Aug 10, 2016
By Jane Brown
A decision by the governing Liberals in Ottawa to reverse a policy to raise the eligibility age for Old Age Security to 67 was apparently made in spite of arguments from bureaucrats that the move would buck a trend among developed nations.
Australia, France, Germany, Italy, Poland, Britain and the United States are among the countries that plan to raise their equivalent pension ages to 67 or higher.
A report in the Globe and Mail says a secret internal policy paper prepared in September during last year’s election makes reference to political promises related to seniors and pensions.
The public servants noted that reversing such a reform would be unusual when compared to moves being made in other nations.
In March, the Trudeau Liberals delivered on a pledge to scrap the Conservative government’s plan to raise the OAS eligibility age to 67 from 65 by 2029.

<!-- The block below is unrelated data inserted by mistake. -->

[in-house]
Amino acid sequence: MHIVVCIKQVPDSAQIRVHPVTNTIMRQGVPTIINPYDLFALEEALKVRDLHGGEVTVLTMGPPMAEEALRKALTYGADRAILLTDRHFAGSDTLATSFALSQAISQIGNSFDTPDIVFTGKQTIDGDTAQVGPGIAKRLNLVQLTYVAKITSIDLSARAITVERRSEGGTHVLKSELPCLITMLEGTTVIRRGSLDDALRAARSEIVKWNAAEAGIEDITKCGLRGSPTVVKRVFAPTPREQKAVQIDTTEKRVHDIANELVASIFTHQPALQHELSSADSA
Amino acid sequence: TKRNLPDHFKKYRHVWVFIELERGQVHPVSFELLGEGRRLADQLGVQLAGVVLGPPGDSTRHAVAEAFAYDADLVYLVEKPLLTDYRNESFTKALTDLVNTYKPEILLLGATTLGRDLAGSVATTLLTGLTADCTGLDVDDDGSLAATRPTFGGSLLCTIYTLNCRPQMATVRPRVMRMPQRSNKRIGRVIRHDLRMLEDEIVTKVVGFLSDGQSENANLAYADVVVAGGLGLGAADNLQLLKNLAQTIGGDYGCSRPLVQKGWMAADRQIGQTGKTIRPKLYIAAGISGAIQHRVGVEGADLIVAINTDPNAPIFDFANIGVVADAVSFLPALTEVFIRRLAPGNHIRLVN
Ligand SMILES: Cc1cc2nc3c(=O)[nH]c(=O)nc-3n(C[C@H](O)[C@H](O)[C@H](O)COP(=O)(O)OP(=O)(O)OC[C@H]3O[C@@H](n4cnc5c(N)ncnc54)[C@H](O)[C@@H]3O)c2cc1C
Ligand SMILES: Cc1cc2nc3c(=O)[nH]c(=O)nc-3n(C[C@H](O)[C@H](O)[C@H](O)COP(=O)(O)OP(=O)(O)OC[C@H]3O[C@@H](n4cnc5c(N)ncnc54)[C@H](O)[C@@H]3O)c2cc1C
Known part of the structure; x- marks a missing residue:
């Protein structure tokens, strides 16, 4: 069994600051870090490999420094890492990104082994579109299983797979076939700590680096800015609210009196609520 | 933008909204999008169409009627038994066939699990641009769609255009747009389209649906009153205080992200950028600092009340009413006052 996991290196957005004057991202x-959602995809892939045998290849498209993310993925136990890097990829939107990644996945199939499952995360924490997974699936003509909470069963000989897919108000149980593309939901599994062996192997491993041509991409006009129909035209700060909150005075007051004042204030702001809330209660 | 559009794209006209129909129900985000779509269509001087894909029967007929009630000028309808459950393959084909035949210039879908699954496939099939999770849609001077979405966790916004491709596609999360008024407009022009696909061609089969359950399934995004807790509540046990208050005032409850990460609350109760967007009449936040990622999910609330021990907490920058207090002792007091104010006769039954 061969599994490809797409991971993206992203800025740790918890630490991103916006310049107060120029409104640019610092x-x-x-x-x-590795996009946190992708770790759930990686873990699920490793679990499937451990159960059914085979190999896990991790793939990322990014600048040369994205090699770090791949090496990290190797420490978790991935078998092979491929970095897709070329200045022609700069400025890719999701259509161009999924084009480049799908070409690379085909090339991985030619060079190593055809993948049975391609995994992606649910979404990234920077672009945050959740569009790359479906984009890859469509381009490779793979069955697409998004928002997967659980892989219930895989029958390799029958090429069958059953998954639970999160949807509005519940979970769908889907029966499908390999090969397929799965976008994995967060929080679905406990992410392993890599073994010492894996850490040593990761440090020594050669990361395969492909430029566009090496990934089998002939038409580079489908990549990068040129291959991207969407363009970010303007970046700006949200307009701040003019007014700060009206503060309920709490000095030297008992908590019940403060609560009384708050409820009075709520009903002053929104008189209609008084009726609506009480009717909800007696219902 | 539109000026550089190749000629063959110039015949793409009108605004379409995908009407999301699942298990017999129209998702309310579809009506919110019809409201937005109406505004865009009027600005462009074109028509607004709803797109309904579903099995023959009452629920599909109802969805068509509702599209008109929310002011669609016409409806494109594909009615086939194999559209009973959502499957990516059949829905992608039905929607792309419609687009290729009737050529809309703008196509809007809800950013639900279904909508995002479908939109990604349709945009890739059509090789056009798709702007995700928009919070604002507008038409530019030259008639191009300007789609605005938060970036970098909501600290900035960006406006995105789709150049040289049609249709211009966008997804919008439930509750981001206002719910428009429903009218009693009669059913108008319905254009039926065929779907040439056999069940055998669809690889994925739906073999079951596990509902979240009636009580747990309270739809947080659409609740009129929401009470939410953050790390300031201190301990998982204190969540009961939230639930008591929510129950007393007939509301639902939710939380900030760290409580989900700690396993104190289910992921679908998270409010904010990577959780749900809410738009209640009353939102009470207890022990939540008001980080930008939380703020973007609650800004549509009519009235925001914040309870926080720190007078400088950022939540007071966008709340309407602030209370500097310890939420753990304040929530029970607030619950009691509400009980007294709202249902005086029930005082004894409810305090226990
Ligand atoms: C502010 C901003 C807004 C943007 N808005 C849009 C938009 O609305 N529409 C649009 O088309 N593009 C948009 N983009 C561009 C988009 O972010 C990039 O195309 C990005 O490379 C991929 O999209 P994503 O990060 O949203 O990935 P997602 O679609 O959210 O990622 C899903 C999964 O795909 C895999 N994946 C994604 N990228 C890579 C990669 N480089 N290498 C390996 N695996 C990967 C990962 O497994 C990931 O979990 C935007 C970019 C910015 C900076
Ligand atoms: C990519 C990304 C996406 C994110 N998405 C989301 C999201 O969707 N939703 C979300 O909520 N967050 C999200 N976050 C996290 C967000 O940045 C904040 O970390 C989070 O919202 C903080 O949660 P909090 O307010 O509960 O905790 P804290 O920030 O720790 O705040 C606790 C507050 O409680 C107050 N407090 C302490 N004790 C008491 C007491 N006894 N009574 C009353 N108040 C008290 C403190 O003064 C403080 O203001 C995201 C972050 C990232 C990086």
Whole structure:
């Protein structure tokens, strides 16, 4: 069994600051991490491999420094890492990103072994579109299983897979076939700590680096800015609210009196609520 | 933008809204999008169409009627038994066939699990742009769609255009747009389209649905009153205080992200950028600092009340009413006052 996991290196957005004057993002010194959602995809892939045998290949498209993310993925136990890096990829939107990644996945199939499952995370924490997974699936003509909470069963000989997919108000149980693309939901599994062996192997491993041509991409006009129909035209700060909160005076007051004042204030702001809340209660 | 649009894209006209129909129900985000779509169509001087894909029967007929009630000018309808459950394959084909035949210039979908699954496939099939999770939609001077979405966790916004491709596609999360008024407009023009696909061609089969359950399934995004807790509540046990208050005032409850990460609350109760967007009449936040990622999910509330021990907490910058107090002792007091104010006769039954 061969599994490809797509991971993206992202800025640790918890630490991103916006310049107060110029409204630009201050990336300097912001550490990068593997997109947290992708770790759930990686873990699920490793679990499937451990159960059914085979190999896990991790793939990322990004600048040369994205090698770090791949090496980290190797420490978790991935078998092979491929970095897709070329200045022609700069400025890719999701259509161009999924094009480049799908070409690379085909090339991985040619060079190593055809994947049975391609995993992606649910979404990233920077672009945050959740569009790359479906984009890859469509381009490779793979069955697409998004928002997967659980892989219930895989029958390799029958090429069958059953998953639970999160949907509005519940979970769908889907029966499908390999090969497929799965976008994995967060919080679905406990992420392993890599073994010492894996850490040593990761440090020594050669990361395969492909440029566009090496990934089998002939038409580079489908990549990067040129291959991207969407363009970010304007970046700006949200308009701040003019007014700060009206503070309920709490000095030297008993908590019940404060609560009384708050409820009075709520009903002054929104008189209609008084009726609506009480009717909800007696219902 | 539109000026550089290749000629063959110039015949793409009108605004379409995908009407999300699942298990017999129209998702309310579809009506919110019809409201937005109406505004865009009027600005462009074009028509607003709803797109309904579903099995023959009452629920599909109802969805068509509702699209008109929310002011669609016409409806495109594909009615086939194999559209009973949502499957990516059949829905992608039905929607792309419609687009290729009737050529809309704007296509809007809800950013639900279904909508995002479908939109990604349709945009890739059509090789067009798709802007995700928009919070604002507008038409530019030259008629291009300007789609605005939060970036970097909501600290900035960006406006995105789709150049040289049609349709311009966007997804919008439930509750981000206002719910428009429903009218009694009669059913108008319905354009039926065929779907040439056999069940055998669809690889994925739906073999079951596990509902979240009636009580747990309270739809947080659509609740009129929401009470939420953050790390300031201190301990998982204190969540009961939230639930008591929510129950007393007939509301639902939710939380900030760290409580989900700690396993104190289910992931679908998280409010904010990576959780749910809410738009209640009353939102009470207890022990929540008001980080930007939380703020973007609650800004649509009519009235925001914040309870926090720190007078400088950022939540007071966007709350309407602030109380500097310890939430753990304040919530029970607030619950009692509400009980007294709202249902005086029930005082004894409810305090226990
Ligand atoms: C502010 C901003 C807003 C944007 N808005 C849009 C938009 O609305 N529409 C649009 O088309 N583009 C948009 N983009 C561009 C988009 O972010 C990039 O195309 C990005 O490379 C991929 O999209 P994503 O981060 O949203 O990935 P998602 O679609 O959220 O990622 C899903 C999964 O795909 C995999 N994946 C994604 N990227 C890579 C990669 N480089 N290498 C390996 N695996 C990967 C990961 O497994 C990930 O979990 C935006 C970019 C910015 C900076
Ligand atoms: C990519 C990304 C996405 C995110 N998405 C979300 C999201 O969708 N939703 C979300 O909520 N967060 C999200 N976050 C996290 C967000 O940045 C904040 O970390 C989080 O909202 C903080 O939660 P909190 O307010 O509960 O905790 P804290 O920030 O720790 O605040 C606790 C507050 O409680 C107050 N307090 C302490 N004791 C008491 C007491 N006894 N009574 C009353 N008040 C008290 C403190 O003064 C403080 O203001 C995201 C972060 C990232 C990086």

The Parliamentary Budget Officer released a paper in April estimating that keeping the OAS age at 65 will cost Ottawa an extra $11.2 billion a year in 2029. The PBO also warned that while the federal government’s finances are sustainable, provincial finances are not. This means Ottawa will be under pressure to increase transfer payments in areas such as health care.
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